Upon the recommendation of the Attorney General that special counsel was needed, the Governor appointed Colonel Caleb Saylor and ex-Chief Justice Dobson to represent the State. Without a great deal of trouble they collected eight hundred thousand dollars and were paid a fee of fifty thousand dollars for their services, thirty-five thousand of which by contract went to Colonel Saylor as senior counsel.
He and his wife had spent a pleasant week in New York while he made his investigation and compromised the State's claim. The day before they returned home they visited Tiffany's. Mrs. Saylor's love and respect for her husband were in no sense lessened when he invested three thousand dollars in two rings, which, though they were flawless gems, could scarcely be said to adorn his wife's tapering fingers and patrician hands.
His friends noticed that now, instead of singing his own praises, he could never say too much in laudation of his wife; and she clung to his arm and whispered sweet speeches into his ear as a bride of eighteen might do.
It was noticeable that the Colonel had grown to be adept at showering compliments upon his superiors and always had pretty speeches for their wives. On county court day he went out to the cattle market and shook hands all round with the farmers.
* * * * *
In the spring of 1899, about seven years before Colonel Saylor's marriage, Cornwall received an invitation to the commencement exercises of Wellesley and noticed that Mary was named as salutatorian of her class.
He sent her a set of "The American Poets," gilt-edged in white leather bindings, and received a note of thanks and an invitation to visit the Saylor home any time he found it convenient during the summer.
Mary came home the first of June and for a while enjoyed undisturbed the quiet of the old farmhouse. The neighbors, including Bradley and Rosamond Clay, were just beginning to call upon her and ask her to their entertainments when she received and accepted an offer as assistant teacher of mathematics at Wellesley. The first of September she returned to the college, stopping for several days in Washington and New York. The following summer she spent traveling with several girl graduates and the teacher of French in England, France and Italy. She sent Cornwall a remarkably fine photograph of herself taken at Rome.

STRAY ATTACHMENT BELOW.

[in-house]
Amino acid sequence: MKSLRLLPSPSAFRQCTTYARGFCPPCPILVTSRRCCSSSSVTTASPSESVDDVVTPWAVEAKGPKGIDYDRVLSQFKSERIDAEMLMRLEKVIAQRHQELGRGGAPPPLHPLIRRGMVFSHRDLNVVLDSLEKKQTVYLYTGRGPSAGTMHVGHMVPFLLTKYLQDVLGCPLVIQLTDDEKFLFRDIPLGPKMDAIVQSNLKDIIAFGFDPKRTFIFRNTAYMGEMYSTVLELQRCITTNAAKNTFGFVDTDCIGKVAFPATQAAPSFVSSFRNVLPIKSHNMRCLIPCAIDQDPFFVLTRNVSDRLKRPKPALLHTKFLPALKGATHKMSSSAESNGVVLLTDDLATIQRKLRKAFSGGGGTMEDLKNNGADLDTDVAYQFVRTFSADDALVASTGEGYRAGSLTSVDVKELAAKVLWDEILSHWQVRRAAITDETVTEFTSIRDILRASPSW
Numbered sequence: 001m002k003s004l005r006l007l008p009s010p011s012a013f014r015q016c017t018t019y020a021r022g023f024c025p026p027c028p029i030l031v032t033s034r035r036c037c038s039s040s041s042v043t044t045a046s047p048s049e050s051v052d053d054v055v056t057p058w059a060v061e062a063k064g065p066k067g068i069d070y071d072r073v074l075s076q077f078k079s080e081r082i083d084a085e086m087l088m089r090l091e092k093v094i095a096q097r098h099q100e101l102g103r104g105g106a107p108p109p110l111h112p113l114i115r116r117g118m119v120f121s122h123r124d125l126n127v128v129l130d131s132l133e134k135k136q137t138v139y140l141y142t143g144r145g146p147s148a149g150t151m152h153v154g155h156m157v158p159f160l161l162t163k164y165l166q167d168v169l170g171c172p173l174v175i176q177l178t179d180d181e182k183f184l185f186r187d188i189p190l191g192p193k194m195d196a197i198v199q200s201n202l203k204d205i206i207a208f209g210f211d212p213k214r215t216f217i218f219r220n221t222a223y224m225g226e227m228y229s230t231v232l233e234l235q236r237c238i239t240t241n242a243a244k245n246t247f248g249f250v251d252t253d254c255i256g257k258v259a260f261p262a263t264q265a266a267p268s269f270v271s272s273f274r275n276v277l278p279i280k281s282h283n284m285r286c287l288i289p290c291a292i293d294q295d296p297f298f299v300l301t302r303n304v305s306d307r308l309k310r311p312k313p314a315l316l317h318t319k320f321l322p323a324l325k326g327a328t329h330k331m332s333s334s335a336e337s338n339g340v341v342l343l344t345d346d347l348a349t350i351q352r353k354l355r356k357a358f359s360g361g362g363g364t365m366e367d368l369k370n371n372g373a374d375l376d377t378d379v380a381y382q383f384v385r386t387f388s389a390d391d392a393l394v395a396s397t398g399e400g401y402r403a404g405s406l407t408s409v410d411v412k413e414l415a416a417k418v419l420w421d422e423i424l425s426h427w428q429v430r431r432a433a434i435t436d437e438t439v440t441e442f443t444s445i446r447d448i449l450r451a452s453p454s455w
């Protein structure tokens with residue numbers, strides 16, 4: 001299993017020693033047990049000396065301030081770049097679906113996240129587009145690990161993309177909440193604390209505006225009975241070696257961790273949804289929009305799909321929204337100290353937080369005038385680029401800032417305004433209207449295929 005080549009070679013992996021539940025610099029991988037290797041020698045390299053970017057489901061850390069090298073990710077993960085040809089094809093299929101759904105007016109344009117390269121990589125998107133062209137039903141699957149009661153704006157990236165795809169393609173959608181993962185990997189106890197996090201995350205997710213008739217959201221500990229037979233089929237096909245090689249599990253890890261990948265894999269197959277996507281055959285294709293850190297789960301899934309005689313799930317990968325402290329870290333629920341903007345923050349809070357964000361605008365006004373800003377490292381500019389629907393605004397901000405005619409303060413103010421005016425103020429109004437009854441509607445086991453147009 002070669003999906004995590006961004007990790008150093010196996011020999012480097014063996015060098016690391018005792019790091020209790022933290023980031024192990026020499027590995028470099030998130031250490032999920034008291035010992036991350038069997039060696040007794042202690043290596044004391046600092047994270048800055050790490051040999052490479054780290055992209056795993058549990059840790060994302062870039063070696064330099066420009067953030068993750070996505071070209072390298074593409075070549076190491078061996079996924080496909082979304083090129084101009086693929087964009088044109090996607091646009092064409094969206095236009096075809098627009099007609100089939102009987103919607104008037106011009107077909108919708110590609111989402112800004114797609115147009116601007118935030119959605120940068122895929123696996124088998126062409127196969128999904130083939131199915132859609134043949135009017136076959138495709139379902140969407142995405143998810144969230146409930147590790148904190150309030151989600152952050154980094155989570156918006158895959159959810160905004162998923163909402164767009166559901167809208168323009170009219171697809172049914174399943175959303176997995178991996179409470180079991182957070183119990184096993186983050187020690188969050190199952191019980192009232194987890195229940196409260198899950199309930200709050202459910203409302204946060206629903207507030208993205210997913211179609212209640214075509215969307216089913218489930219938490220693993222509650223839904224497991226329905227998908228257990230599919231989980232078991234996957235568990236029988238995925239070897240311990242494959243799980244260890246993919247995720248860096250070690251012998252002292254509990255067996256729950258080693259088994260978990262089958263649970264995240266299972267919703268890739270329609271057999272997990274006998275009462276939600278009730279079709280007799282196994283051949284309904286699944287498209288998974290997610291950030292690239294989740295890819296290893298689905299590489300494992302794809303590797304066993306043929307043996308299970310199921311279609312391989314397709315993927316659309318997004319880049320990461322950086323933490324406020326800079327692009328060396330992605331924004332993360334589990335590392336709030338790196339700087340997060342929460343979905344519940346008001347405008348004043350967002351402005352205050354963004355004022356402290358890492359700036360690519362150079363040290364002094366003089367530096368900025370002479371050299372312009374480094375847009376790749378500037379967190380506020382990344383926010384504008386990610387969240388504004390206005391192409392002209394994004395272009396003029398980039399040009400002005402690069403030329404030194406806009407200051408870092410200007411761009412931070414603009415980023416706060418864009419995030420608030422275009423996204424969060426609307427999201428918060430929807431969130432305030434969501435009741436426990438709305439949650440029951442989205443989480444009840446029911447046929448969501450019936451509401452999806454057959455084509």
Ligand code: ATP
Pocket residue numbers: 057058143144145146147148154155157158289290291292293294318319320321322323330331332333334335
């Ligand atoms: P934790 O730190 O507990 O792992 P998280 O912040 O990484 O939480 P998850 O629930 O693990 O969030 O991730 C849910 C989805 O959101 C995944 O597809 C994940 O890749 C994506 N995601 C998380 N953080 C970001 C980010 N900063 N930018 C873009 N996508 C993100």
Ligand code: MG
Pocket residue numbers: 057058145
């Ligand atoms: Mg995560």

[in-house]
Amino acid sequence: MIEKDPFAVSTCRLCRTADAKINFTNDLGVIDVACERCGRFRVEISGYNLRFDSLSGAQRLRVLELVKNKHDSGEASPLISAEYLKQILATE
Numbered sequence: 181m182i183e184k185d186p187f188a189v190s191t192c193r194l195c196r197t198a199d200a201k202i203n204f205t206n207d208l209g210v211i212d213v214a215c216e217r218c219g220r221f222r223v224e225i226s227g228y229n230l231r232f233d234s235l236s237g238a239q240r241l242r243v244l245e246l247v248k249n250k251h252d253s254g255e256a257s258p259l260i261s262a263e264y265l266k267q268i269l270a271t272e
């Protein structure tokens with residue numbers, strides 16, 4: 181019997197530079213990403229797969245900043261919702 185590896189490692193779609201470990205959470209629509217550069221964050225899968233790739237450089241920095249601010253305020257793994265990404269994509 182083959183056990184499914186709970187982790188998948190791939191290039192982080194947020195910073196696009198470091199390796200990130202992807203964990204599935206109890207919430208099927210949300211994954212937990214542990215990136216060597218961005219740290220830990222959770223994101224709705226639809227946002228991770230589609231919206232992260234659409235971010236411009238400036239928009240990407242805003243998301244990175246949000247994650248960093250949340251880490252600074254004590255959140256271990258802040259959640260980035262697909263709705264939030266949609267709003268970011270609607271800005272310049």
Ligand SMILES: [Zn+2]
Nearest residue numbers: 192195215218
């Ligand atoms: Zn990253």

This he framed and kept upon his dresser. His mother, seeing and admiring the picture, asked;—"Who is the young lady, John?"
"I do not know, but as soon as I can discover her name and domicile, I propose to propose."
"It certainly is time; you are nearly thirty. I hope to see you married before I go, John."
"Mother, I know no argument against that ancient and hallowed institution, and would not advise a friend against taking such a step, even at the present and ever-increasing high cost of living. I do not use such language. Since I first put on long trousers I have hunted high and low for a wife, and with a persistence equalling that of a young penniless widow, but without success. Just when it seems that within a few days I shall be the happy recipient of the congratulations of my friends who in their hearts feel certain I am about to fall victim to the wiles of a designing female person, cruel fate steps in and with peremptory halting gesture and commanding voice has always said;—thus far, but no father. You will doubtless live to see me at fifty struggle through a dance with the daughter of my old sweetheart while the son of another breaks us; and I, broken of wind and mopping my bald head, shall retire to a corner and rest while conversing with the hostess' grandmother. Seriously, mother, I intend to marry just as soon as a girl as good and sweet as you are will have me. I am beginning to think it will be Mary, or my stenographer. I have not seen Mary for more than five years; it is nearly a year since I heard from her. In some ways the photograph of that beautiful, fashionably-gowned girl reminds me of her. Do you suppose that's Mary? But she surely is not in Rome!—How do you like this, mother?" And John, whanging an accompaniment on the piano, sang this Arabian song:
"My daughter, 'tis time that thou wert wed; Ten summers already are over thy head; I must find you a husband, if under the sun, The conscript catcher has left us one.